Study calls for speed-limit reductions on vessels in Arctic waters

A Canadian professor of marine biology says ship speeds need to be reduced in Arctic waters to protect mammals such as belugas and bowhead whales.

Professor Lauren McWhinnie of the University of Victoria, British Columbia led a study that warns that shrinking Arctic sea ice is enabling greater shipping traffic and that is having harmful effects on social behaviour and life expectancy of the whales.

Writing in Ocean and Coastal Management, Prof McWhinnie calls for precautionary measures to limit the impact of noise and ship impacts on the whale population.

Belugas and bowheads need quiet environments in which to communicate and forage.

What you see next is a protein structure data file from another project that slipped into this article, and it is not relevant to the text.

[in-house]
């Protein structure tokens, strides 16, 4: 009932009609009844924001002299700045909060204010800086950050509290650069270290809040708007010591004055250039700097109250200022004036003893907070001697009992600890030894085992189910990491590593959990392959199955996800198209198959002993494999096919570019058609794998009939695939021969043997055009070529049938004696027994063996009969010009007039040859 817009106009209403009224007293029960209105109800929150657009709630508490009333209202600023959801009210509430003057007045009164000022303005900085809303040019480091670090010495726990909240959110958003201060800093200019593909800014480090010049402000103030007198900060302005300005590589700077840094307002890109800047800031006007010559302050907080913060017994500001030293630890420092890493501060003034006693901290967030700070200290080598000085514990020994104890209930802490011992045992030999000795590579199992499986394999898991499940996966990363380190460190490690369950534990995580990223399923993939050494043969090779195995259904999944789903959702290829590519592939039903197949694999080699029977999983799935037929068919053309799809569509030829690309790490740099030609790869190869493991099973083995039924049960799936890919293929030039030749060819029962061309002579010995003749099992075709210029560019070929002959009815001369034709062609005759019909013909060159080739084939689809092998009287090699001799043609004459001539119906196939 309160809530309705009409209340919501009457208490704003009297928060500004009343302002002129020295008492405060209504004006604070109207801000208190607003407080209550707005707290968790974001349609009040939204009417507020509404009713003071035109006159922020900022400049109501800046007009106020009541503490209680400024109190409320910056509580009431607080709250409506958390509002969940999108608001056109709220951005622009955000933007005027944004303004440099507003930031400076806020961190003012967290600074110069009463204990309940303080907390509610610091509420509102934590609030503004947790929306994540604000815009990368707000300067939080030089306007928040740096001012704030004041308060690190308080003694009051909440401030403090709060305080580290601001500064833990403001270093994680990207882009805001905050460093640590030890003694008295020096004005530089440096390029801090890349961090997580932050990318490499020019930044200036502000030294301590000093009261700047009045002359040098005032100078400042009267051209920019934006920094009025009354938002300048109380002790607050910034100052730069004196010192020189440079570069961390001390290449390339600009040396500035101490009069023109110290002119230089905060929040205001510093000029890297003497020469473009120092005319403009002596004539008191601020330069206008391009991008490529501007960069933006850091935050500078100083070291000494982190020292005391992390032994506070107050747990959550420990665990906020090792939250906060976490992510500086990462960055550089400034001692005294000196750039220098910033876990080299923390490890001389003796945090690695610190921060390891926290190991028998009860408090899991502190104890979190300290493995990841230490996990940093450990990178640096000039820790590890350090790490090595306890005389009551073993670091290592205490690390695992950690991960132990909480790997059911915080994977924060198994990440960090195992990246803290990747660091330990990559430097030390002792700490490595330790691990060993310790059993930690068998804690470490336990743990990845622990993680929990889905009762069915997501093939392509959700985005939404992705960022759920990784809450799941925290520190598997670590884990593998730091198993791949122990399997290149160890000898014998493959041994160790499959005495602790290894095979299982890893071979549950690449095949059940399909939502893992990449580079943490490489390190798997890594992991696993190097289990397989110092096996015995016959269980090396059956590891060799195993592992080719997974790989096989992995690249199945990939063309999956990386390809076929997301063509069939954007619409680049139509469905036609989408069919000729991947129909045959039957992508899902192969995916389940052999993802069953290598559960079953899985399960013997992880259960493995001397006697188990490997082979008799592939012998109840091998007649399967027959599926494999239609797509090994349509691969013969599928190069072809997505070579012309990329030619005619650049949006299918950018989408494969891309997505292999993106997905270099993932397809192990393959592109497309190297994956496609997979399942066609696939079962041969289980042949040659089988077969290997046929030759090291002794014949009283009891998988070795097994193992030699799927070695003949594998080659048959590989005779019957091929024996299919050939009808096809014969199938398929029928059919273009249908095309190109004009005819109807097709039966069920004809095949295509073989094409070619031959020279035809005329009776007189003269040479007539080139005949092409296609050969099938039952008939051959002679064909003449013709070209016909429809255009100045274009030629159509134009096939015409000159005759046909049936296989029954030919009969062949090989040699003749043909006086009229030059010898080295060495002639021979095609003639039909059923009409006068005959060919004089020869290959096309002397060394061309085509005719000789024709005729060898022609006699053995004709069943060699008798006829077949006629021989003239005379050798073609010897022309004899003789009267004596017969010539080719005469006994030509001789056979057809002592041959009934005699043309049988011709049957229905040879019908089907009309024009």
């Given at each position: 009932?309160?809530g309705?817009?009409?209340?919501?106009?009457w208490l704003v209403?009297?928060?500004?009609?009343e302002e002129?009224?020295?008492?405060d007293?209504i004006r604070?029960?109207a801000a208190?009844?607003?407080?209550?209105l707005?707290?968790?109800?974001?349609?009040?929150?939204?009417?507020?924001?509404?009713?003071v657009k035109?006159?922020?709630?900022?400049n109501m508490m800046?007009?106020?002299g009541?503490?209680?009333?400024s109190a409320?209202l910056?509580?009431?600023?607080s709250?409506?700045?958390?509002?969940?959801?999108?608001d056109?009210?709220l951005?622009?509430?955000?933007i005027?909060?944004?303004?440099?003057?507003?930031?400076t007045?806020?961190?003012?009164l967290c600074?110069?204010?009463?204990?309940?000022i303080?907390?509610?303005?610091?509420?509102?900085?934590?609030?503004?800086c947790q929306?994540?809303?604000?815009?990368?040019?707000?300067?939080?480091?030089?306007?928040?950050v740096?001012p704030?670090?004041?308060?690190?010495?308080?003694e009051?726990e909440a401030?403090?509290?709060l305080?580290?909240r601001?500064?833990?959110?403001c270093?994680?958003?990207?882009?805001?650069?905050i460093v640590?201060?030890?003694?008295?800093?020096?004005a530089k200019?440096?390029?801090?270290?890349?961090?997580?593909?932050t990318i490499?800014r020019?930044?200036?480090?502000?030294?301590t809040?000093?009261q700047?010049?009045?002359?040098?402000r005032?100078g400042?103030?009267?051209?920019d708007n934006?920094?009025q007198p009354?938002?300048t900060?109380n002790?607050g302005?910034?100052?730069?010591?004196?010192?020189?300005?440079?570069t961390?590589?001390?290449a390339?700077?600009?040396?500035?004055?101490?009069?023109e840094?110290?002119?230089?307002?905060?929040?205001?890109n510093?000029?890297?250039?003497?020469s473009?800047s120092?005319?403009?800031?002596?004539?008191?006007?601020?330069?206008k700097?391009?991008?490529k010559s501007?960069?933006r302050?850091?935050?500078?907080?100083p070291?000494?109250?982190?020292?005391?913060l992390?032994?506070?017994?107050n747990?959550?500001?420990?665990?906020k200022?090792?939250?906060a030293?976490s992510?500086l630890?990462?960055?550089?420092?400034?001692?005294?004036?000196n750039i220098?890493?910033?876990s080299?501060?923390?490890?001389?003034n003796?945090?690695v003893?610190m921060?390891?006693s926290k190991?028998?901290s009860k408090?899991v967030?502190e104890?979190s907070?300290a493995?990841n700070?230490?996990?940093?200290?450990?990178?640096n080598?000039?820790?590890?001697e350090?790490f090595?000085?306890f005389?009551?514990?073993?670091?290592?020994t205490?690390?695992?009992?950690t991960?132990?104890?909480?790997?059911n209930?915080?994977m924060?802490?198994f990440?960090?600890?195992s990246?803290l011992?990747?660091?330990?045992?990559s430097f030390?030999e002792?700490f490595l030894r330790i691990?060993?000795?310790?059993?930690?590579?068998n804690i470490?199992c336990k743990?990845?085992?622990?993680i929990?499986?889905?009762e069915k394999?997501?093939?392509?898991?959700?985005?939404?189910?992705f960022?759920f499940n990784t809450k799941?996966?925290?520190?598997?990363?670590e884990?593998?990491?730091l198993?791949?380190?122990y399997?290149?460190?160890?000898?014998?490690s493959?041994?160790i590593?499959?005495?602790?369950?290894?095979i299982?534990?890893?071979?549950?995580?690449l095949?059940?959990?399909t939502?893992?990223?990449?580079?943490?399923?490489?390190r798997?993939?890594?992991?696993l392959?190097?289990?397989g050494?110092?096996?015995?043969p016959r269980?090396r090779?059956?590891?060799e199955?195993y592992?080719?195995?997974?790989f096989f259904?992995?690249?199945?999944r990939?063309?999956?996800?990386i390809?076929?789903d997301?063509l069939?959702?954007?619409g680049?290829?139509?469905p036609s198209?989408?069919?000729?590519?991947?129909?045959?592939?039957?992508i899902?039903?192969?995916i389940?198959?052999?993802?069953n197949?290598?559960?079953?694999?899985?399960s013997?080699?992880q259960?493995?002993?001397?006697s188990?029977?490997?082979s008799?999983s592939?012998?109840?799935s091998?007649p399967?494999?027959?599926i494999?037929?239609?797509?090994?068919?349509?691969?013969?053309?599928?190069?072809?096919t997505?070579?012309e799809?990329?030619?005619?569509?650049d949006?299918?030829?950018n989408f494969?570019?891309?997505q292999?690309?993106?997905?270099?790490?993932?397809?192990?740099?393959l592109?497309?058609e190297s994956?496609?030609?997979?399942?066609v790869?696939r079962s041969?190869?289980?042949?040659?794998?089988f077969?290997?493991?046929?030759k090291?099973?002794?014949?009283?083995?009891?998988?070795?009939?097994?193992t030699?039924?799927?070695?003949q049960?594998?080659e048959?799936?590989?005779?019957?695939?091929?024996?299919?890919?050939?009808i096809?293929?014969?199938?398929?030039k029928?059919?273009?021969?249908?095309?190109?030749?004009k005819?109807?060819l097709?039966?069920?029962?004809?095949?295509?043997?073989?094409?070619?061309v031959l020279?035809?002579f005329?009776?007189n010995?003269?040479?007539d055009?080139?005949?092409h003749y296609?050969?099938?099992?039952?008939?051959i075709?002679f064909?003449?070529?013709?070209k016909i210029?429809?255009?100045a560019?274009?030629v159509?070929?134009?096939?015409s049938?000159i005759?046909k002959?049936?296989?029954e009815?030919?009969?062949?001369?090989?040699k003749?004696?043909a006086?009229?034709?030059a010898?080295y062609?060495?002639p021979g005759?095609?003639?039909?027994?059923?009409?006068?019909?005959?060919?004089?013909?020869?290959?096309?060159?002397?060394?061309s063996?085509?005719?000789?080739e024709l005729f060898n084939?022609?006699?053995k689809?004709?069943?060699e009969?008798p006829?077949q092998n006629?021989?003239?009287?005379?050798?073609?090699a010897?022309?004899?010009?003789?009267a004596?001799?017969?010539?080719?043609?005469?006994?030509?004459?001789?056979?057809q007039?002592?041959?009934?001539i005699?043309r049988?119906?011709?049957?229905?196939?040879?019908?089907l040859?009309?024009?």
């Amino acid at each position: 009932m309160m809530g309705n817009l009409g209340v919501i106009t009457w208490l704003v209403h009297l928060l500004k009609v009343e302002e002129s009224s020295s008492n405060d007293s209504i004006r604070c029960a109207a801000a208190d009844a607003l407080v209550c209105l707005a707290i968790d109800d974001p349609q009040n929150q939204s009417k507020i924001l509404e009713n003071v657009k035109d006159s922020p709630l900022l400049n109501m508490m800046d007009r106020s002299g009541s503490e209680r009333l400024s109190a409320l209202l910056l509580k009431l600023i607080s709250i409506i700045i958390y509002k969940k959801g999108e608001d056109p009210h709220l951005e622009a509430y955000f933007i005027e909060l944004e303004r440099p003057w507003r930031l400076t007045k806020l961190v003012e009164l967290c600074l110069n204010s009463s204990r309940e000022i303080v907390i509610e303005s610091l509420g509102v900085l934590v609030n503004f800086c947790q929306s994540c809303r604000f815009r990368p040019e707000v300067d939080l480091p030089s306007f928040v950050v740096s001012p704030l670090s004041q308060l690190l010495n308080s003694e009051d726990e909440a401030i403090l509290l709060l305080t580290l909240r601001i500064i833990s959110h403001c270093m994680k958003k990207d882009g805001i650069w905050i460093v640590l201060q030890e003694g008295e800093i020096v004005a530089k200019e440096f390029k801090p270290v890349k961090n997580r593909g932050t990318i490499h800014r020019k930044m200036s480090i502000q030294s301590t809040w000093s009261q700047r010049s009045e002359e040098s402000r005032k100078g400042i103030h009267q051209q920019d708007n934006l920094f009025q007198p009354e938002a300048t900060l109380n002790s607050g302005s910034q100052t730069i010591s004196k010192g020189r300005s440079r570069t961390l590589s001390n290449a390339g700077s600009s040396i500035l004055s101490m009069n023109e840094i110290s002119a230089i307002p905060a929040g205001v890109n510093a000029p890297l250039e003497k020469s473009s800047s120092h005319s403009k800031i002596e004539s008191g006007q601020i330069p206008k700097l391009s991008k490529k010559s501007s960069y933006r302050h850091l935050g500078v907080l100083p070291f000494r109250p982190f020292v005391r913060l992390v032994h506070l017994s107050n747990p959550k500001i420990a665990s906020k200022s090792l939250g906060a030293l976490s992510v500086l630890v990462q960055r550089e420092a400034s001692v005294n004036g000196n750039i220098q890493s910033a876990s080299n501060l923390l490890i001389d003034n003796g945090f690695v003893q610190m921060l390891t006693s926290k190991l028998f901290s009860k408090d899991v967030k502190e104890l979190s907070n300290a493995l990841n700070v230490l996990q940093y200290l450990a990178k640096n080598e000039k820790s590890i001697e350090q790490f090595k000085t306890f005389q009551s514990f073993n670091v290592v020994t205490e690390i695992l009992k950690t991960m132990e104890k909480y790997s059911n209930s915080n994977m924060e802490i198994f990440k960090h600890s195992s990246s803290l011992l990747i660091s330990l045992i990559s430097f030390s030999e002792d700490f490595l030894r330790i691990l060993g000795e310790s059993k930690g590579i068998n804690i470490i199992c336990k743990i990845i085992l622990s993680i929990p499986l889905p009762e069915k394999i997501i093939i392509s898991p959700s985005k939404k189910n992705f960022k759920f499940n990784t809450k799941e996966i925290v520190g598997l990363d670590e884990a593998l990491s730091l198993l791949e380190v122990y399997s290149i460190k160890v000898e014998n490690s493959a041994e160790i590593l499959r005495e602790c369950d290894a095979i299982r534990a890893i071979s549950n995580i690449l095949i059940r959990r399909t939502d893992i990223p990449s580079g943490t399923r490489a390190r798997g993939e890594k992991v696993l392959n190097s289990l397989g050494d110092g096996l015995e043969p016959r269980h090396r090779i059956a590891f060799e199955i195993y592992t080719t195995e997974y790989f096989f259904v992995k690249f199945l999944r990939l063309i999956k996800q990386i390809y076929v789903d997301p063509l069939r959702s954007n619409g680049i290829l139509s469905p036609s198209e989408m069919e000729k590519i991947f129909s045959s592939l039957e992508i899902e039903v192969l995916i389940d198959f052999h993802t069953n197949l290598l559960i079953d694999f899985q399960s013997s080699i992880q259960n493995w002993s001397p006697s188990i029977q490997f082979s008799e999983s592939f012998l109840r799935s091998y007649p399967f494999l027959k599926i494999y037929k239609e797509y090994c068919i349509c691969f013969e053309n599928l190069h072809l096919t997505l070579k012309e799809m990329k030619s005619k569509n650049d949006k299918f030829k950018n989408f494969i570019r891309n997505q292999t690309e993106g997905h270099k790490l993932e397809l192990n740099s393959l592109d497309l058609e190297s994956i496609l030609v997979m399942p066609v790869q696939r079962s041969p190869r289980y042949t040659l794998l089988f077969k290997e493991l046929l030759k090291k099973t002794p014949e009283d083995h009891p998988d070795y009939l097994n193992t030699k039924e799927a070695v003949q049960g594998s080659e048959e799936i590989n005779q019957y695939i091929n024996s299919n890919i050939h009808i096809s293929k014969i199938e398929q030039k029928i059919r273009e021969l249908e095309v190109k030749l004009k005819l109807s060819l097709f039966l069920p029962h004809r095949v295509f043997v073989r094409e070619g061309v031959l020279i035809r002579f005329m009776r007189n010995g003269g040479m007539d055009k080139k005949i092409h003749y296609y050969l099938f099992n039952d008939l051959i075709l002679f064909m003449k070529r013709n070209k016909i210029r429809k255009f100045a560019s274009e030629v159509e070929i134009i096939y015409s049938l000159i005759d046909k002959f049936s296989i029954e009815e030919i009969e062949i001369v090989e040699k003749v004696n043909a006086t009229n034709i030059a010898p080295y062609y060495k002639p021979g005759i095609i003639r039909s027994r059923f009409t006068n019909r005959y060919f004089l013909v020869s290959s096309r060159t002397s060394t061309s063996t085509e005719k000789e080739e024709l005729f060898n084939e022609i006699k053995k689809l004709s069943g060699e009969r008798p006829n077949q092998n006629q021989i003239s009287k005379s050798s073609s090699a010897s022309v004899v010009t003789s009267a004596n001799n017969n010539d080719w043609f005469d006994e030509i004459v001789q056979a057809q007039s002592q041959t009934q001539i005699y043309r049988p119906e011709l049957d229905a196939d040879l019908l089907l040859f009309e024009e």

The University of Victoria research recommended that a voluntary exclusion zone and a voluntary speed reduction zone would be the most effective ways to reduce ship strikes and noise levels.

And the study found the measures would be most effective on large and fast vessels travelling further from shore rather than smaller community boats operating closer to shore.

Donal Scully

With 28 years experience writing and editing for newspapers in the UK and Hong Kong, Donal is now based in California from where he covers the Americas for Splash as well as ensuring the site is loaded through the Western Hemisphere timezone.
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